Standard voice prostheses are ones that are patient maintained. From a lifestyle standpoint, the laryngectomee is in control of his/her voice prosthesis. The patient may place the voice prosthesis, remove the device and order it directly from the manufacturers. The laryngectomee is not dependent on medical professionals except when problems arise either due to incorrect placement or other causes. Some laryngectomees are very self-sufficient, active, live far distances from medical centers and/or travel frequently; they do not want to be dependent on anyone to change their voice prosthesis. In contrast, Indwelling voice prostheses are loosely defined as voice prostheses that may remain longer in the puncture tract (although some Standard voice prostheses may be used for the same duration) and are maintained by medical professionals. Indwelling voice prostheses were originally intended for patients that were elderly, who did not have good hand/eye coordination or manual dexterity, decreased eye sight, etc. However, to date, many laryngectomees who do not have these concerns wear Indwelling voice prostheses because they are either fearful of changing it themselves or have stomas (e.g., small) and/or punctures (e.g., hard to see) that make their placement of a voice prosthesis difficult. So, lifestyle demands often dictate whether a laryngectomee feels more comfortable taking care of his/her own voice prostheses or having a medical professional do it.
Some laryngectomees opt for an Indwelling voice prosthesis because of the absence of the voice prosthesis strap and tape. Whether the reason is esthetic or practical, there are those who do not like a strap and tape. Straps may make the adherence of products designed to stick around the stoma or go in the stoma with or without an automatic/hands-free speaking valve more likely to ?leak.? However, many laryngectomees use Standard voice prostheses (with the strap) in conjunction with these products without problems. Some patients have skin reactions to the adhesives used in tapes and cannot use them for that reason.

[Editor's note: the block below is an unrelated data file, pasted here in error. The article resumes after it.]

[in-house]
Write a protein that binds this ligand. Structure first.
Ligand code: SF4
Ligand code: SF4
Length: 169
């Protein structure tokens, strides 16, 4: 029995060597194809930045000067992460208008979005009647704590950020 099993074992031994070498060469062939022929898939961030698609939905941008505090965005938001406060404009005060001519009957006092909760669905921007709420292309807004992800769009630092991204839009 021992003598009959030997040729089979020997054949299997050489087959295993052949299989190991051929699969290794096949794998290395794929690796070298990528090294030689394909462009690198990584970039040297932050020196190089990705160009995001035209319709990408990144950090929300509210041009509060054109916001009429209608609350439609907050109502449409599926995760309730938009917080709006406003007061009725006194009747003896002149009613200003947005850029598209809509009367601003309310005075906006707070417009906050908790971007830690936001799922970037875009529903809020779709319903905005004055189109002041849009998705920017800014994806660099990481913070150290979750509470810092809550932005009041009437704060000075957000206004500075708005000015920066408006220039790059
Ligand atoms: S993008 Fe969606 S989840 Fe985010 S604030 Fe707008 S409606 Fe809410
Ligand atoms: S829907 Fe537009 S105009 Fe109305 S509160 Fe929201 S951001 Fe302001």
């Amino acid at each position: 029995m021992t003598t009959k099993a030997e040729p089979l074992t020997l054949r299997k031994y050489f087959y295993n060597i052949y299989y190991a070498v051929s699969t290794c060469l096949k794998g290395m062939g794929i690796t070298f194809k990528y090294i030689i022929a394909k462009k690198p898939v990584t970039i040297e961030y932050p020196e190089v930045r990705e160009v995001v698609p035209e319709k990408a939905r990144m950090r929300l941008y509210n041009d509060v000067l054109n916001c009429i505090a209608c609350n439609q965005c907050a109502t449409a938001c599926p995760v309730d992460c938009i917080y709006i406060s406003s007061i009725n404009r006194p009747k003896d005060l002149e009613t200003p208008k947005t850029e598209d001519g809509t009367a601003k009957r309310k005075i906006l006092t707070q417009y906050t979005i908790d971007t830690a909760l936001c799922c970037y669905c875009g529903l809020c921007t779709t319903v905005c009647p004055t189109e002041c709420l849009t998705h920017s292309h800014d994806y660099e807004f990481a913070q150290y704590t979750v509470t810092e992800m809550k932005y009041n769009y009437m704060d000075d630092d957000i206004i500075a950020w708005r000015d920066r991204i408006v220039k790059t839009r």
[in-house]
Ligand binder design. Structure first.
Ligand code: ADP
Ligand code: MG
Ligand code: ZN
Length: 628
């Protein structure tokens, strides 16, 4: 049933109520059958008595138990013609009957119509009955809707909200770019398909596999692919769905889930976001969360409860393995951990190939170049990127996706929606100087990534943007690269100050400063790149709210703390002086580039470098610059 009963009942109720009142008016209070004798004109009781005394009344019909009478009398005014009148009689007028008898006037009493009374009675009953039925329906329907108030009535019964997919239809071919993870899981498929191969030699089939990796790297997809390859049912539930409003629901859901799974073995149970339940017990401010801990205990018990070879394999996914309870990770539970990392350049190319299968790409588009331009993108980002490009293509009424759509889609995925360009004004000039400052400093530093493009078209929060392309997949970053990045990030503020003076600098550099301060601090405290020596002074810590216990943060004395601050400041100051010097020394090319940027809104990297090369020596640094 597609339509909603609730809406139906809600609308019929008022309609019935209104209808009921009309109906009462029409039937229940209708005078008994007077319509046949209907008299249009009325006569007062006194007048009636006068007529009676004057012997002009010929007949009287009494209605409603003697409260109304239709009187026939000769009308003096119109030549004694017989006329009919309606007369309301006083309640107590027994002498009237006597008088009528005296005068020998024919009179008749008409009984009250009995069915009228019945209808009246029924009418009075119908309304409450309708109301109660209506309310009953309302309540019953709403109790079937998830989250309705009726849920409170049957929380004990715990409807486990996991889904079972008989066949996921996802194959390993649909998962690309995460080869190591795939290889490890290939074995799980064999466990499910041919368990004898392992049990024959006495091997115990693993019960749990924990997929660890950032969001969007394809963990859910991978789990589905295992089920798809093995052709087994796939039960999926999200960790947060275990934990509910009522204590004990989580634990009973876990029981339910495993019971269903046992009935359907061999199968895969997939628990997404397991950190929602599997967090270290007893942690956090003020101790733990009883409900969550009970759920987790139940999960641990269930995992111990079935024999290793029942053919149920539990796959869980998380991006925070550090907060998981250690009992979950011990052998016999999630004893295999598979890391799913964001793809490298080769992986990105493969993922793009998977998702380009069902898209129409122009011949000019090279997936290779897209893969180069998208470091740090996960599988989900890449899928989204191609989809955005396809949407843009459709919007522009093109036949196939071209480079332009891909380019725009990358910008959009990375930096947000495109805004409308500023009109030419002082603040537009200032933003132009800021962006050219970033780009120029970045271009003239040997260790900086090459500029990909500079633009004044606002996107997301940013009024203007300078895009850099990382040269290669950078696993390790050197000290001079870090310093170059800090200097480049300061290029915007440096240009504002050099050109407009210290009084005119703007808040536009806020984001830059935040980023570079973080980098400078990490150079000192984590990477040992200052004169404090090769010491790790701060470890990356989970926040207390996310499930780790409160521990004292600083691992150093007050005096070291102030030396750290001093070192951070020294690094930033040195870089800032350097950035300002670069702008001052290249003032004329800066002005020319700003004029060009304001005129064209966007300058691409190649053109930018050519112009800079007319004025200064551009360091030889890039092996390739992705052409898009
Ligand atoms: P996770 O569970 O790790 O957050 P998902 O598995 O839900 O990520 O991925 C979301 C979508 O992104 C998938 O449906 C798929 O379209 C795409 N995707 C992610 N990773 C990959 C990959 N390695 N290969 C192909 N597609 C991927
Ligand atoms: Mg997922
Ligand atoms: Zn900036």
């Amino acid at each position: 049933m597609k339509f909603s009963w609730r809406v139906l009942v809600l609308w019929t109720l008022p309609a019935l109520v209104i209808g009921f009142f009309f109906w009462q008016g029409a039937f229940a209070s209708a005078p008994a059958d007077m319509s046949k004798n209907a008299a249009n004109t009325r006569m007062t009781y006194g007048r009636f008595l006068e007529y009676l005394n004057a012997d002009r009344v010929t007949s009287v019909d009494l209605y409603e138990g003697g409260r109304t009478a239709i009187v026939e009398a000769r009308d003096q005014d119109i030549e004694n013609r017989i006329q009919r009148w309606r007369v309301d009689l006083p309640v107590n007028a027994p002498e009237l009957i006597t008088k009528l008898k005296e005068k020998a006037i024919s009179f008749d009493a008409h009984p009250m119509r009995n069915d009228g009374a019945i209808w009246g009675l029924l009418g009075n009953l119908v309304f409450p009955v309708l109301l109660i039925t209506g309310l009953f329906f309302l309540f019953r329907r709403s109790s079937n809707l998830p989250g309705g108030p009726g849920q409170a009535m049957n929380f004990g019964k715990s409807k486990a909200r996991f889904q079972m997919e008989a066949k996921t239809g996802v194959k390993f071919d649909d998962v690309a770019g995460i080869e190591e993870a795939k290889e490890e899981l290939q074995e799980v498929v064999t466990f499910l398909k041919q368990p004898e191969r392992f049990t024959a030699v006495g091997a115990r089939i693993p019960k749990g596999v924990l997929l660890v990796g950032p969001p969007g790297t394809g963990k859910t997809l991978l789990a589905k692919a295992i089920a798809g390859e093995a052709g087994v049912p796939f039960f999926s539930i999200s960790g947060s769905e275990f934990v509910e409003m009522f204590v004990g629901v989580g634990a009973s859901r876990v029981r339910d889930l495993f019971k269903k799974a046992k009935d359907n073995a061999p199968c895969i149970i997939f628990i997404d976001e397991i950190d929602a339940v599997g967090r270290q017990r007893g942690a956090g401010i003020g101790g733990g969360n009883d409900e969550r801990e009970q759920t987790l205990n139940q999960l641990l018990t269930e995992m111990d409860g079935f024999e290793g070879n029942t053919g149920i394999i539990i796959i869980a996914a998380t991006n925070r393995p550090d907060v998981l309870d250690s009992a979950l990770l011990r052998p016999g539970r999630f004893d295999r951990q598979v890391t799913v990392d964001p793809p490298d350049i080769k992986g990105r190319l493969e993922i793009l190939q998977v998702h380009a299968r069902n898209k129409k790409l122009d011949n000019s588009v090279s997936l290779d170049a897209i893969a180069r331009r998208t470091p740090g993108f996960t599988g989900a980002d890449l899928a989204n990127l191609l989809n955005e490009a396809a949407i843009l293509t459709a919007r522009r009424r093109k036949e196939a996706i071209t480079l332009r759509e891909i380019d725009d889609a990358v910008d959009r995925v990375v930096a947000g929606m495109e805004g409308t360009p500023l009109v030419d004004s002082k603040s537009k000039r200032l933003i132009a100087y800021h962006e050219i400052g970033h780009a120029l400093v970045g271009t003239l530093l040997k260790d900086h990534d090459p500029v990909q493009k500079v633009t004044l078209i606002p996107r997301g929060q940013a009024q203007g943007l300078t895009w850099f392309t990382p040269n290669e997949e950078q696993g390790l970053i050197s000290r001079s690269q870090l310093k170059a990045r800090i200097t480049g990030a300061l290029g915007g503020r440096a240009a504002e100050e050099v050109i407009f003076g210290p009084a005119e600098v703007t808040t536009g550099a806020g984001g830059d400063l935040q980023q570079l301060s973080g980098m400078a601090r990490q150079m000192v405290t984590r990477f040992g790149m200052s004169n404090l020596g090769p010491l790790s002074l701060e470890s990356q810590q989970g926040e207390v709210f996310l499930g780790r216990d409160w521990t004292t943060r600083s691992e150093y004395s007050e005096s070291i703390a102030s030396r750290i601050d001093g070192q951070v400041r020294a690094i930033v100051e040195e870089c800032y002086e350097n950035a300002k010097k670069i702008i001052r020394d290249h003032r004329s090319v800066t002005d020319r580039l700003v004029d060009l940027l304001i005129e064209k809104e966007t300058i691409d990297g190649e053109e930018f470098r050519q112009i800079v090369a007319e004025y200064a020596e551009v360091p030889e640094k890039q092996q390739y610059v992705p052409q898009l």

Other considerations for choosing either Standard or Indwelling voice prostheses come down to money. Standard voice prostheses are cheaper than Indwelling voice prostheses. Many medical professionals and laryngectomees have personal stories of insurance reimbursement frustrations from their selection of a voice prosthesis. Often, finance dictates choice of voice prostheses. In addition, from the standpoint of healthcare costs, fewer therapy sessions are needed for Indwelling placement * because less time is needed for instruction. Four treatment sessions are generally required for a laryngectomee to feel comfortable inserting and removing a Standard voice prosthesis. Yet, a laryngectomee?s comfort level with whichever device he/she chooses is an important factor. If additional therapy sessions help someone who has chosen an Indwelling device then it may be advisable to schedule the extra time. Until recently, all Indwelling voice prostheses in the United States were either 20 or 23 Fr in diameter. However, a new 16 Fr voice prosthesis has been introduced. . Standard voice prostheses come in either 16, 17 or 20 Fr diameters and Indwelling voice prostheses come in 16, 20 or 23 Fr diameters. Differing diameters of voice prostheses stems from research done in the mid-1980s that speculated that voice prostheses of larger diameter might make TE speech easier. In most clinics laryngectomees are not asked if they find it easier to speak with a 16 vs. 17 vs. 20 vs. 23 Fr voice prosthesis. Instead, they are placed with whatever their SLP or ENT gives them. But given an increase in diameters of voice prostheses, some professionals see a potential problem emerging ? leakage around the voice prosthesis. There is speculation that prosthesis diameter and the weight of the prosthesis may dilate the puncture and cause leakage around, though no studies have been undertaken to confirm the speculation. Other causes of leakage around voice prostheses may derive from radiation treatment, chemo/radiation failure, nutritional imbalance, uncontrolled diabetes, new cancer or recurrences, using voice prostheses that are too long, and thyroid dysfunction. Smaller diameter voice prostheses of lighter weight may be better for some laryngectomees with a very short puncture tract, or so the thinking goes. Further clinical observations will lead to the research that settles this issue.